Thursday, August 9, 2012

Eve of Destruction (Dark Eden #2) by Patrick Carman - Guest Post


Published: April 2012

Publisher: Katherine Tegen Books

Pages: 277

Copy: Library

Summary: Goodreads

Will Besting and the other teens whose phobias were "cured" at Fort Eden have been summoned back by Mrs. Goring. Her dying wish is to see them together one last time. Or is it?

Ensnared in a dangerous, ever-deepening mystery, Will must lead his friends through a perilous underground trap masterminded by two devious souls at war with each other. It's a game of cat and mouse, and not everyone will be alive when it's over. Can Will outwit both Rainsford and Goring, ending their reign of fear forever?

Patrick Carman's "Dark Eden: Eve of Destruction" offers a harrowing journey into the depths of fear, love, revenge, and--ultimately—redemption.

My jury is still out on this book, so it’s a tough one to write a review for. I finished the book – which I seldom will do if I don’t like it. But, it was just so...unbelievable! I know that characters often make decisions that leave you screaming “Why? WHY!?” loudly at the book.

But before I get there, let’s talk about Carman’s use of multimedia this time around. It was actually pretty neat. The first few chapters of the book have footnotes scattered throughout that instruct you to visit www.willbesting.com and enter various passwords. Each password opens up a new video clip, of stuff Will saved on his recorder back in Dark Eden #1. They were well done, and I think added a great element to the book (yay transliteracy!), although given their content I think I would have loved them twice as much if they had been available in book one. I was also disappointed when the footnotes ended after a few chapters, and there were no more clips. But still, a great integration!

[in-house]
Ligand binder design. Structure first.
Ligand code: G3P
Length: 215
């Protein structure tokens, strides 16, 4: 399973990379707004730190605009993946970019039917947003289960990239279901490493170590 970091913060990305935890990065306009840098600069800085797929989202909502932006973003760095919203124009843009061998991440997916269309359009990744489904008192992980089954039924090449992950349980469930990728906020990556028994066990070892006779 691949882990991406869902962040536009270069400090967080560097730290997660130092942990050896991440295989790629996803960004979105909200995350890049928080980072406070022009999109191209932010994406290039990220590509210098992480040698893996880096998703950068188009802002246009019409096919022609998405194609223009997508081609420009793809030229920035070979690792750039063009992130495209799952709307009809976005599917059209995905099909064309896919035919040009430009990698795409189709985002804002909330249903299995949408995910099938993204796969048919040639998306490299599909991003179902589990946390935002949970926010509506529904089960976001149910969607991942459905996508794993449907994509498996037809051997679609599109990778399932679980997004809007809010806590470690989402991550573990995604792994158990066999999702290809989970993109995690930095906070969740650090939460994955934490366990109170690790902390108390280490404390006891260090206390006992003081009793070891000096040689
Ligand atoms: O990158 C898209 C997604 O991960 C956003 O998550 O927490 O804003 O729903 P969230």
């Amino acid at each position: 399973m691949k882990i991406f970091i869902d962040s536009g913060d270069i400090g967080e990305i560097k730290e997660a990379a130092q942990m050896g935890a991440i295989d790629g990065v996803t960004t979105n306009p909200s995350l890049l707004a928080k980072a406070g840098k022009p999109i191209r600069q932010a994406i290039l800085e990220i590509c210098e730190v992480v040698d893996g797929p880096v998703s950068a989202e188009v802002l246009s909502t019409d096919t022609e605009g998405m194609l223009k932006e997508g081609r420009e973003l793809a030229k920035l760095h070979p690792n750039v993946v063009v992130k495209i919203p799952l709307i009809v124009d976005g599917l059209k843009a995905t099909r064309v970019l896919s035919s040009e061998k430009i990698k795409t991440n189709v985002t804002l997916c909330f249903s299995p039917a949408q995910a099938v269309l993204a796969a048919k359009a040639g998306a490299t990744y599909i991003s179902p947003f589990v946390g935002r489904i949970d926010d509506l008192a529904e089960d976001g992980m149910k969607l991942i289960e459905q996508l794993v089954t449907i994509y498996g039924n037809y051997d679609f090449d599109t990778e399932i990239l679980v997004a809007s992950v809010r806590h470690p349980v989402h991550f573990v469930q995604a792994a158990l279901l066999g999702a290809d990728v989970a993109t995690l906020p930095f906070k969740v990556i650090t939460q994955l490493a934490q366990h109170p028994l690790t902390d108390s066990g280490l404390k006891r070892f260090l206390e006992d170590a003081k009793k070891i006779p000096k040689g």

On to the book itself – Will has gathered up the gang that was cured back in Dark Eden and returned at the bequest of Mrs. Goring. Why? I don’t know. Yes, they were each left with supposedly debilitating ailments from their cures. But they are things that millions of people in the world already live with each and every day – and that there are medicines and devices designed to assist with. So instead, you head back to a place where you traded a paralyzing fear for a debilitating ailment...thinking what? And where were the parents here? Why would you allow your child to return? Why wouldn’t you have done something after the first bout?

Unfortunately, the book was also a little predictable. I figured Amy out quickly, and that of course lead to outing Avery. Yet, I still finished the book. And rather quickly too – I tend to drag through novels I don’t enjoy but am determined to finish...often I’ll even start another book. So what was it about this that made me stick with it, and not even all that grumpily?
I don’t know. All I know is that I wouldn’t call this Mr. Carman’s best – but I must have still enjoyed it, and if you’re considering reading it, don’t let my own ambiguous feelings towards it deter you.

Yet again, Special K has jumped into the breach - thank you.

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